A Few Stray Thoughts
Faces, Shakespeare and Echoes of RENT
Echoes Of RENT
It’s been almost a week since I saw RENT for the third time in the same one year period. The Skylight Opera Theatre’s production, like the two others that cam before it since the beginning of last summer tends to latch into my mind and hang on for a bit longer than I’d like. The songs and melodies of Jonathan Larson have a really long half life—more so than anything else I’ve encountered in musical theatre. I’ll wake-up days later and still be hearing parts of certain songs rolling through my head. Having seen the show four times now, I’m very familiar with its effect. I know if I ever do so again to expect a week or so of RENT half-life after opening curtain.
Here are a couple of other things that I’ve noticed:
The Shakespeare Thing
With the Optimist Theatre's opening night of its free outdoor production of The Tempest happening on the same weekend as a particularly viable Shakespeare weekend for out-of-towners at the American Players Theatre, I may find myself seeing three Shakespeare productions in a single weekend midway through next month. (OT’s The Tempest opens on June 18th, That weekend, All’s Well That Ends Well and As You Like It run the 19th and 20th, respectively.
I also know that, what with Shakespearian language being what it is, that much of that playwright in a single weekend tends to alter my word choice for a few days after the fact. And while I’m not exactly speaking Shakespearian English for a couple of days after seeing As You Like It, I do tend to use a different set of words in writing and casual conversation for some time afterwards. The effect is particularly pronounced after to or three shows in a single weekend.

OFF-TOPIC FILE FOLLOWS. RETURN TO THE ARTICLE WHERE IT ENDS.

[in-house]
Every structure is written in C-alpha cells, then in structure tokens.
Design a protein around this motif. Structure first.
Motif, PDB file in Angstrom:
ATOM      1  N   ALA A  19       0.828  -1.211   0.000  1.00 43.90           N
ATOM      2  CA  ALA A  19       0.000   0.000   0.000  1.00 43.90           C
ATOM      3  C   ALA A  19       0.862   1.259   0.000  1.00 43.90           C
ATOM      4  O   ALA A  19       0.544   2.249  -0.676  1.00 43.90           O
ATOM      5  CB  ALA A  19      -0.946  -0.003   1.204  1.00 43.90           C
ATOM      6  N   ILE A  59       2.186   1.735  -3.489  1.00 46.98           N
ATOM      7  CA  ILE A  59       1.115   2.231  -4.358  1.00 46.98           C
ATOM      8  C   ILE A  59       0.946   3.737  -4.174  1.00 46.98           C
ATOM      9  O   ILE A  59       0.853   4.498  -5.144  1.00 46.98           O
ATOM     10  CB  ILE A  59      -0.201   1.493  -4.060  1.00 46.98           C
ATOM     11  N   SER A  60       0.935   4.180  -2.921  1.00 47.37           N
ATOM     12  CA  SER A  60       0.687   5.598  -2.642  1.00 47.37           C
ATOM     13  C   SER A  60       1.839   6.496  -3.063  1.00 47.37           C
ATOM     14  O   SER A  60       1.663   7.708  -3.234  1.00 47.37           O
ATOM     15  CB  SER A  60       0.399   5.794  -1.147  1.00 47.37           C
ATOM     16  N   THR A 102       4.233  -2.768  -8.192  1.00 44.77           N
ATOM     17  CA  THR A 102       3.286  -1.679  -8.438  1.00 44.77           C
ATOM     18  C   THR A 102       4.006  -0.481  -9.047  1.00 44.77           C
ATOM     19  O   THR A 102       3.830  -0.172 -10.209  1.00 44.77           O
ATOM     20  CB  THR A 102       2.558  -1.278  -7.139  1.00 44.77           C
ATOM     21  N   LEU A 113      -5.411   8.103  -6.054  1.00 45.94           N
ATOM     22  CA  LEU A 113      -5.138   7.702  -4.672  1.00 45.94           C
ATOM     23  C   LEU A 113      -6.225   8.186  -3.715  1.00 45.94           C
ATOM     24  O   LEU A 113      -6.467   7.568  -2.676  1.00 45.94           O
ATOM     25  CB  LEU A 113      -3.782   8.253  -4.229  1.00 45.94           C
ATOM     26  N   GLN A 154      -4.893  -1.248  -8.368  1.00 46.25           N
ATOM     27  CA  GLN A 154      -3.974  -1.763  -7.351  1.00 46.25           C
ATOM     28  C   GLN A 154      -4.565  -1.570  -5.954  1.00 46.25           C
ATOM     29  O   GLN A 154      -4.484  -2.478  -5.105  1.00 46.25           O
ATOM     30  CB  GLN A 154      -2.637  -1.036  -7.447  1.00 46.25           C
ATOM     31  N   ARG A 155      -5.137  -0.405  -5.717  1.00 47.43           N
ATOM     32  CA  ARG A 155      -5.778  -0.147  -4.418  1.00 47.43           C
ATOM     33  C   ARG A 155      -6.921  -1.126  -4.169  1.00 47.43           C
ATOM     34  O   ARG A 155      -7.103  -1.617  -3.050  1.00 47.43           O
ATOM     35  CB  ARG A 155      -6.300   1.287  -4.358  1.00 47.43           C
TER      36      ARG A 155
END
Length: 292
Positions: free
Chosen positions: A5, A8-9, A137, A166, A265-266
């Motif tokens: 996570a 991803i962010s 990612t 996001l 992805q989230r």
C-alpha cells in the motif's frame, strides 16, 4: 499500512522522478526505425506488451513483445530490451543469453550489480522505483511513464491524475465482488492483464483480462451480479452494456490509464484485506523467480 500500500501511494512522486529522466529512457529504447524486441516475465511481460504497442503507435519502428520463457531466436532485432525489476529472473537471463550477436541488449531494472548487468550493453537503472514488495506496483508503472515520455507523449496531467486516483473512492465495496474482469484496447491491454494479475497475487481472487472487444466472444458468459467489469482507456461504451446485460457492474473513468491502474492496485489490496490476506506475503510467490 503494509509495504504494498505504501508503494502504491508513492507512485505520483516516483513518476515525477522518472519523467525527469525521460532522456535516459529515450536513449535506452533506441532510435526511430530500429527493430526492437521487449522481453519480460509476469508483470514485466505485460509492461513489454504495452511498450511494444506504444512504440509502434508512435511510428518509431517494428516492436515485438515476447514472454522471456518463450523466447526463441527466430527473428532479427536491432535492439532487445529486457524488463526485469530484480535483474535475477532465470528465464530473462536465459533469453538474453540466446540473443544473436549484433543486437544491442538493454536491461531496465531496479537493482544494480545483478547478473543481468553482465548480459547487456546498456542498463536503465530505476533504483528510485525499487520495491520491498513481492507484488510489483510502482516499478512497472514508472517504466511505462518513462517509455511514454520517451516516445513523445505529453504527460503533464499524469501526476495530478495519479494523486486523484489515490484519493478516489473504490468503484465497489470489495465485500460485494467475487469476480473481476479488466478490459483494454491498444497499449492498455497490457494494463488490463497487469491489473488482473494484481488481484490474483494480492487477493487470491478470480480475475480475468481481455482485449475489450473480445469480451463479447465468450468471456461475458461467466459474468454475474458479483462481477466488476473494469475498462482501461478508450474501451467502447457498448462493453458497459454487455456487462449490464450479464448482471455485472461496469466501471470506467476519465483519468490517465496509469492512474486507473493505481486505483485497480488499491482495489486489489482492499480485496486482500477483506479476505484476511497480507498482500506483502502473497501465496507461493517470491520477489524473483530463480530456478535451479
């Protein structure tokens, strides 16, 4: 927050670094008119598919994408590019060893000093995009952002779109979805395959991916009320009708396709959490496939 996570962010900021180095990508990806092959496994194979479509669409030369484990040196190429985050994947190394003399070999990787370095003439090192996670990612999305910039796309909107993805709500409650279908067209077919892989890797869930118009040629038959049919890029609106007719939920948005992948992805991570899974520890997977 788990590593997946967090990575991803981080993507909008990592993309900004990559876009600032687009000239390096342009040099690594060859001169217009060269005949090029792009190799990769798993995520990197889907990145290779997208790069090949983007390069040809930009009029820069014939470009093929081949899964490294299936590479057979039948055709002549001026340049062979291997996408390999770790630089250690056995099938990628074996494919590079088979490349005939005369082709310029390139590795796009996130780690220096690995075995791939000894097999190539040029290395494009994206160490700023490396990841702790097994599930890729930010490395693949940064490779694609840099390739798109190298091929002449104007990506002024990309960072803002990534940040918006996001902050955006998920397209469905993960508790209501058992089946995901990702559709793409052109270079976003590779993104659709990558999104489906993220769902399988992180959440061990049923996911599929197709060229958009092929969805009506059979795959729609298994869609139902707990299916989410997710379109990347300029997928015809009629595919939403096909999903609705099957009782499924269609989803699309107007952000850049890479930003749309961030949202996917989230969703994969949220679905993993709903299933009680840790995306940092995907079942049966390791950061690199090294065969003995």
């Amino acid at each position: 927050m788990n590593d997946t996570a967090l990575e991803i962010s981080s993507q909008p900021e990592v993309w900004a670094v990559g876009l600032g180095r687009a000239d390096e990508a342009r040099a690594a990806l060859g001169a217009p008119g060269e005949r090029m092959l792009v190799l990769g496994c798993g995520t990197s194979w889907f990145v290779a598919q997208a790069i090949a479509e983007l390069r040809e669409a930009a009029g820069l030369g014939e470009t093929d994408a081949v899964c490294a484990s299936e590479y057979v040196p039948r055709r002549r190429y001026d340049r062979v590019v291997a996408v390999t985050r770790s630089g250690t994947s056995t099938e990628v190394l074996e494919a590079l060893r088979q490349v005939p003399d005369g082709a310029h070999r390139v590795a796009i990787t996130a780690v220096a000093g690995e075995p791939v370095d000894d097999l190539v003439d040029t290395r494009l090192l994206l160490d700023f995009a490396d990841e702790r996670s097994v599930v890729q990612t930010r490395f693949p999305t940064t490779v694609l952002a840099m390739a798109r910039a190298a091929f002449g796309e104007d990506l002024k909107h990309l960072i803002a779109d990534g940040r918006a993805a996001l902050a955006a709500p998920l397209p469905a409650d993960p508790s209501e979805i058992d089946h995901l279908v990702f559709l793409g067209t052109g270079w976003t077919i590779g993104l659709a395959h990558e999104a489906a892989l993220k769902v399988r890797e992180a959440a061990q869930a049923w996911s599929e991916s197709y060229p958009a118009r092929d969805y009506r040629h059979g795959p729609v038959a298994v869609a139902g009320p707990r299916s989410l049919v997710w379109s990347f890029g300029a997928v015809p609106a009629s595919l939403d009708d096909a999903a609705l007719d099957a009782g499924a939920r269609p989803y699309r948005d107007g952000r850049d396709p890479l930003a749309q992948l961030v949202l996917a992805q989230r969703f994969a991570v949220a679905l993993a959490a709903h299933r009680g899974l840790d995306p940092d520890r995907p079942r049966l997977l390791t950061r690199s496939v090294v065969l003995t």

It is said that it takes the human mind about as much time to recognize the face of a loved one as it does to recognize a triangle. Being hardwired as social creatures through untold years of evolution, we are constantly looking for faces. Given a few ambiguous blots on a piece of fabric, we’re just as likely to turn them into a face as anything else.
As fascinating as all this is, being familiar with the work of local stage actors complicates things a bit. I’ll be on the bus and see the face of someone who reminds me of an actor . . . and have difficulty placing the actor who reminds the stranger’s face reminds me of. The faces of actors from local stage, TV and film all share the same space in my head, so I’ll be trying to remember where I’d seen somebody before and get a bit lost in the trivia of it.
Contrary to popular conception, there really isn’t that much difference between the talent of decent professional actors in New York or Hollywood and local actors who don’t get paid. A good performance is a good performance. And trying to remember whether I’d seen a face that looks like the one sitting across the aisle on TV last night, stage last weekend or a movie last month is a lot more difficult than it sounds.